You and your spouse no longer get along, and it’s clear that a divorce is going to be beneficial for you. Your spouse wants to move away to travel, you want to stay where your job is and there is no way to make it work.
If you decide that a divorce is the right choice for you, then you will need to file for divorce in the state that has jurisdiction. This isn’t always straightforward, though. For example, since you and your spouse have only been in Kentucky for three months, you haven’t been here long enough to file for a divorce. On the other hand, you left Idaho six weeks ago, so you’re technically no longer a resident.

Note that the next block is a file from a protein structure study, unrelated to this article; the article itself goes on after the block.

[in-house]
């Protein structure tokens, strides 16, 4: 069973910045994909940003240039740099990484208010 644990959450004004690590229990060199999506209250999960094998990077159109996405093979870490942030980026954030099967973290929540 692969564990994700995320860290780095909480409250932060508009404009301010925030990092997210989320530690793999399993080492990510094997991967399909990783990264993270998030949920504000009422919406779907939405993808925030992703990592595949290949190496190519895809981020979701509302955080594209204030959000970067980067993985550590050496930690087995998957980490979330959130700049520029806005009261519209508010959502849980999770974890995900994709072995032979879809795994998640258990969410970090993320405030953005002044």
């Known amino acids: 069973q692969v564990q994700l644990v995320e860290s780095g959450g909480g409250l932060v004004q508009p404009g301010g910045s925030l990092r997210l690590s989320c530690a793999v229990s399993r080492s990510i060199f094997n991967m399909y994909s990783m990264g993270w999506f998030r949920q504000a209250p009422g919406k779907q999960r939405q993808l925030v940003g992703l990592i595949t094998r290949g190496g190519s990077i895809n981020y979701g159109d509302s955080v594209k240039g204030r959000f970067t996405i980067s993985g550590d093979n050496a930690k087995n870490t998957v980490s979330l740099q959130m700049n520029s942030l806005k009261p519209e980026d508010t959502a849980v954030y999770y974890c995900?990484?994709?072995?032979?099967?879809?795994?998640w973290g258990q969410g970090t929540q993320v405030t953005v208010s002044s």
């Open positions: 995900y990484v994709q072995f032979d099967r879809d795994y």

There is a potential that you could divorce in the state where you married. If that won’t work, then you could be stuck for a little while until you meet the state requirements.
What can you do if you’re not a resident of a particular state and want to file for divorce?
The first thing to remember is that either you or your spouse can file for divorce in a state where you’re a resident. If your spouse, for instance, has a home in Idaho, they may still be a resident, even if you’re not. In that case, they may be able to file for divorce. If neither of you is a resident in a state long enough to meet the requirements, you can separate and wait until you do live in the state long enough to file for your divorce.